Cube," said George. Still sold widely
today after more than 25 years from
its introduction, Rubik's Cube was
voted the "fad" of the 20th century,
according to one poll.1982 one in
every three American homes had at
lease one of the cubes, which
consists of 26 small, colored,
James holding a Jacob's Revenge Puzzle
In the beginning reality was considerably different from the dream. They began by marketing
through a mailing to hundreds of stores that included puzzles among their inventory. They
offered a free sample to each store as an incentive to buy more of the puzzles. Although
customer response was encouraging, considering the mailing had been unsolicited and to a
mass market, it was not enough to base a business on. Far from it. "The first year was a
disaster," James recalled. When the outlook seemed especially dark, a neighboring
businesswoman showed an interest in Jacob's Revenge and helped restore their confidence.
They approached Darlene Yoder, the proprietor of a restaurant and gift shop in nearby New
Holland, PA, with the idea of selling the puzzle in her store. To their surprise, Yoder not only
bought 12 Jacob's Revenges on the spot but also ordered another dozen within a few days.
"If it weren't for her, there wouldn't have been an Elverson Puzzle Co.," said George.
The next sign in their favor came from the Cracker Barrel chain of home-style restaurants that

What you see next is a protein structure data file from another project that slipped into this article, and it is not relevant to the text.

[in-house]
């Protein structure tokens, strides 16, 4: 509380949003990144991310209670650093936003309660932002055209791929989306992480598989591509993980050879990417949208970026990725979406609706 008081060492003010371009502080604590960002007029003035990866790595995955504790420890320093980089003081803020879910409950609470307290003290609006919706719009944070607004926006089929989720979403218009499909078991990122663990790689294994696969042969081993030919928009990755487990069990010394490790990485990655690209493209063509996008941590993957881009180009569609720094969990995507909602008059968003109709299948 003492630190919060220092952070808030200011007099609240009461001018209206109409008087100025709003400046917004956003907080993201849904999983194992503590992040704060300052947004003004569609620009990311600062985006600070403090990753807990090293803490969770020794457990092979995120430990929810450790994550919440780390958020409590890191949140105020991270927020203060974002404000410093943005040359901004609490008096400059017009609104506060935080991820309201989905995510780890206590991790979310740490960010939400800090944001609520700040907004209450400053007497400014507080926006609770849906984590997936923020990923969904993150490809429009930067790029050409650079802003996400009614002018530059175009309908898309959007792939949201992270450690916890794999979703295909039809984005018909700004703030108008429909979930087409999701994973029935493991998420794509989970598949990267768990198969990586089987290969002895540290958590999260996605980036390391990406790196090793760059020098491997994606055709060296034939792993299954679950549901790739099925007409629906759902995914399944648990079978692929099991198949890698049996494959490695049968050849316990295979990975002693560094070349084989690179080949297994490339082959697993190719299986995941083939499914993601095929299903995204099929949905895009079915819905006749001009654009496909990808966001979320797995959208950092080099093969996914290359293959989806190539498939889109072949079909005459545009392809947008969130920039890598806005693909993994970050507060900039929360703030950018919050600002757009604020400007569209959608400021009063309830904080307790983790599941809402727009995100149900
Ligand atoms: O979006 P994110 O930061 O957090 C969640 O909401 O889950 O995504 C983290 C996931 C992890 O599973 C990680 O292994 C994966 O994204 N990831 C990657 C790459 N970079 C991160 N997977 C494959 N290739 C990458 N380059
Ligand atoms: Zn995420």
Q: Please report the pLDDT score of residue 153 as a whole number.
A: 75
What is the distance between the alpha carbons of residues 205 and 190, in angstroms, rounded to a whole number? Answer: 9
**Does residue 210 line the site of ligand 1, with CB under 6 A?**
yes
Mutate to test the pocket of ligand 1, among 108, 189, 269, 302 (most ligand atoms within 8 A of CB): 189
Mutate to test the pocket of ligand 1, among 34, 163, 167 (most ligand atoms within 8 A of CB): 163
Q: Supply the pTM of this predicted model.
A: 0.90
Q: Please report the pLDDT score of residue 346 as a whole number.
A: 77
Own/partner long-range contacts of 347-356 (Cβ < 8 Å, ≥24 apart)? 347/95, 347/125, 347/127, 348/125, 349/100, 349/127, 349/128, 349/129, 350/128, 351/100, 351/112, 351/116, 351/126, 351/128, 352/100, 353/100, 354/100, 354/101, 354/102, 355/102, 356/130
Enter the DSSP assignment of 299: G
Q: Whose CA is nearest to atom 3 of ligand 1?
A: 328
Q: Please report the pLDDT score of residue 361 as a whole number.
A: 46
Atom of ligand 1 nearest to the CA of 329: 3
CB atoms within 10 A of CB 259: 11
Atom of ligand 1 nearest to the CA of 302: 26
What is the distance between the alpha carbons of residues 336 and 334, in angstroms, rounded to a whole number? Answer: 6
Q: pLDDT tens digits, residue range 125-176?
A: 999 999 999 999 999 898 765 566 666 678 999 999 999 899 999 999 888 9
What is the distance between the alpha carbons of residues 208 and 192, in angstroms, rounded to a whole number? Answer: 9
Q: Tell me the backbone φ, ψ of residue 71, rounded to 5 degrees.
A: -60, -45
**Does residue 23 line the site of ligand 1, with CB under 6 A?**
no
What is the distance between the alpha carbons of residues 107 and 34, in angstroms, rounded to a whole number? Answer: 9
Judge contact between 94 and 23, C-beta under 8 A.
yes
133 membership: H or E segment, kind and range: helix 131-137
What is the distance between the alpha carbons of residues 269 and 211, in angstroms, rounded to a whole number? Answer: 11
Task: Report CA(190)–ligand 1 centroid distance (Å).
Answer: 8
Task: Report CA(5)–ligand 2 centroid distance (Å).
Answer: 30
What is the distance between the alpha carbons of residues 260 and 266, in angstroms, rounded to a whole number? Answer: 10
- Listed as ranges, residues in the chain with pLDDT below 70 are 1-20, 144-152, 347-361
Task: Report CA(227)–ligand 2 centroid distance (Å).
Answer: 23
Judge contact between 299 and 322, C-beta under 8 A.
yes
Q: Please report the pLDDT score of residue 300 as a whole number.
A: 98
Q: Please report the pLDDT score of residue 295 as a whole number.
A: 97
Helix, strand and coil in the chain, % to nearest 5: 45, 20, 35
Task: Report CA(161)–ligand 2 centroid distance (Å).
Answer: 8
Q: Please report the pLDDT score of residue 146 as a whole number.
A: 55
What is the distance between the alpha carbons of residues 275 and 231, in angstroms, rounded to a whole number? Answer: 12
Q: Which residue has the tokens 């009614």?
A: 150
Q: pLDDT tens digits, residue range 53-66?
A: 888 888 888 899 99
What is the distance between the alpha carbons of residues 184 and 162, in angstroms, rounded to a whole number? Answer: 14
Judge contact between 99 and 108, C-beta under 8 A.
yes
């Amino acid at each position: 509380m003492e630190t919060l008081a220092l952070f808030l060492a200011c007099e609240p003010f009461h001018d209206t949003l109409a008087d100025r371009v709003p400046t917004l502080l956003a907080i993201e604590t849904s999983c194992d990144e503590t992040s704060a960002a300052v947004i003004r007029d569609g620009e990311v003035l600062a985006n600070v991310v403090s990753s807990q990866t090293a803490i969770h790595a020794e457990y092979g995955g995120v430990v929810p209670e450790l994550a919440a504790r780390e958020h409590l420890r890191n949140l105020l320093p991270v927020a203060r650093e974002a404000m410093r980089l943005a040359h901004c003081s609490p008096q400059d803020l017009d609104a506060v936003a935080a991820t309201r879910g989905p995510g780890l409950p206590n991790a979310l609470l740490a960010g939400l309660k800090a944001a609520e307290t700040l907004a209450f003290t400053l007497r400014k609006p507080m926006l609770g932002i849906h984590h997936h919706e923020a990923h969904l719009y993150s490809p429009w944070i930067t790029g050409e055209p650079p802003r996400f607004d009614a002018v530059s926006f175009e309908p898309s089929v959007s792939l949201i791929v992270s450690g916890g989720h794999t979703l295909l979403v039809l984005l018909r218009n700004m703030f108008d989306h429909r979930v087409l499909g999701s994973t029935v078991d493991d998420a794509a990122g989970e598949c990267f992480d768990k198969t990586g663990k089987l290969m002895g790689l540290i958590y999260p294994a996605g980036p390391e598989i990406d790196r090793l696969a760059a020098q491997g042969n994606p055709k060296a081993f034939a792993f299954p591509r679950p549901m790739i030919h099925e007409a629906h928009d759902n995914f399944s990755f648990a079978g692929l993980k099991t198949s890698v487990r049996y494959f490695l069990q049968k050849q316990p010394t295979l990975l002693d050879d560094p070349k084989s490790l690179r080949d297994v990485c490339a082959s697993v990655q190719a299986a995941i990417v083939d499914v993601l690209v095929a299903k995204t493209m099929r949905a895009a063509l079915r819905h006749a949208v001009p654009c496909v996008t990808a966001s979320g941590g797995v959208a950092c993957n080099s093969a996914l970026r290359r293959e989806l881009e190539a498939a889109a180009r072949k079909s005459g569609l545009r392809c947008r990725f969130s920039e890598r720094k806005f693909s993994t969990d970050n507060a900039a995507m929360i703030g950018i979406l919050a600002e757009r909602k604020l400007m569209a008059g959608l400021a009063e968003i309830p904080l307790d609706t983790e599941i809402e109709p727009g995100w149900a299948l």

were becoming a refuge for weary interstate highway drivers. Cracker Barrel not only sold a
menu of country cooking. It offered a large room of merchandise that customers could look
over while waiting for their tables. Some items, such as games and puzzles, had a natural
appeal to families confined to an automobile for hours on end.
In 1995 Cracker Barrel placed an order for 3,000 Jacob's Revenges to stock 250 stores. The
TerBushes, who had virtually no stock on hand, were suddenly forced to deal with new
realities of running a small business. Cracker Barrel had negotiated an aggressive purchase
price for the puzzles and an aggressive delivery date of 30 days out. Additionally, the
puzzles had to be delivered with sales displays. The brothers' earlier experience toiling in the
computer industry paid off. "We were used to deadlines," said James. "We knew it'd take